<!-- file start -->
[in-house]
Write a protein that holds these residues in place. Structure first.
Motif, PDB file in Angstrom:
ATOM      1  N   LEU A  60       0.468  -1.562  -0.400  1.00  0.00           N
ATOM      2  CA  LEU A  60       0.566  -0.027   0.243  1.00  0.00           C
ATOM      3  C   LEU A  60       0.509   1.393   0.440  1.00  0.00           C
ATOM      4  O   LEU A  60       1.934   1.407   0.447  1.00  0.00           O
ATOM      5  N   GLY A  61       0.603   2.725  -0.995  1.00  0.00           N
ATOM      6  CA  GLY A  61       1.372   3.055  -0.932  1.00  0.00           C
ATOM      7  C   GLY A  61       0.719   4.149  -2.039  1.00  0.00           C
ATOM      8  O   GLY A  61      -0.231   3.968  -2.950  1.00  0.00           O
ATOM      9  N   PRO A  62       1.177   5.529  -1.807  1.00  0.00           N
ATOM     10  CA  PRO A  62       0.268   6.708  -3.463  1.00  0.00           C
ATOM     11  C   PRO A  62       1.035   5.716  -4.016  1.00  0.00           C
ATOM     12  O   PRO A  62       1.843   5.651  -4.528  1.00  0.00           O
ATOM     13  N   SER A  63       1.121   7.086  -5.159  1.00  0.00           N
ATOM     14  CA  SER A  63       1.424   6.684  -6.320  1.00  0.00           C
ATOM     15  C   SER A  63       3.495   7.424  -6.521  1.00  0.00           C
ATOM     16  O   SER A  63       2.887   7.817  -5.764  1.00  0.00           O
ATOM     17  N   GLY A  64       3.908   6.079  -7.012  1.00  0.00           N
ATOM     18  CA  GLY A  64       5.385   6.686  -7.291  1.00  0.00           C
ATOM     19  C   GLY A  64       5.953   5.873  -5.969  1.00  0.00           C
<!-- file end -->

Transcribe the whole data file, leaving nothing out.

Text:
[in-house]
Write a protein that holds these residues in place. Structure first.
Motif, PDB file in Angstrom:
ATOM      1  N   LEU A  60       0.468  -1.562  -0.400  1.00  0.00           N
ATOM      2  CA  LEU A  60       0.566  -0.027   0.243  1.00  0.00           C
ATOM      3  C   LEU A  60       0.509   1.393   0.440  1.00  0.00           C
ATOM      4  O   LEU A  60       1.934   1.407   0.447  1.00  0.00           O
ATOM      5  N   GLY A  61       0.603   2.725  -0.995  1.00  0.00           N
ATOM      6  CA  GLY A  61       1.372   3.055  -0.932  1.00  0.00           C
ATOM      7  C   GLY A  61       0.719   4.149  -2.039  1.00  0.00           C
ATOM      8  O   GLY A  61      -0.231   3.968  -2.950  1.00  0.00           O
ATOM      9  N   PRO A  62       1.177   5.529  -1.807  1.00  0.00           N
ATOM     10  CA  PRO A  62       0.268   6.708  -3.463  1.00  0.00           C
ATOM     11  C   PRO A  62       1.035   5.716  -4.016  1.00  0.00           C
ATOM     12  O   PRO A  62       1.843   5.651  -4.528  1.00  0.00           O
ATOM     13  N   SER A  63       1.121   7.086  -5.159  1.00  0.00           N
ATOM     14  CA  SER A  63       1.424   6.684  -6.320  1.00  0.00           C
ATOM     15  C   SER A  63       3.495   7.424  -6.521  1.00  0.00           C
ATOM     16  O   SER A  63       2.887   7.817  -5.764  1.00  0.00           O
ATOM     17  N   GLY A  64       3.908   6.079  -7.012  1.00  0.00           N
ATOM     18  CA  GLY A  64       5.385   6.686  -7.291  1.00  0.00           C
ATOM     19  C   GLY A  64       5.953   5.873  -5.969  1.00  0.00           C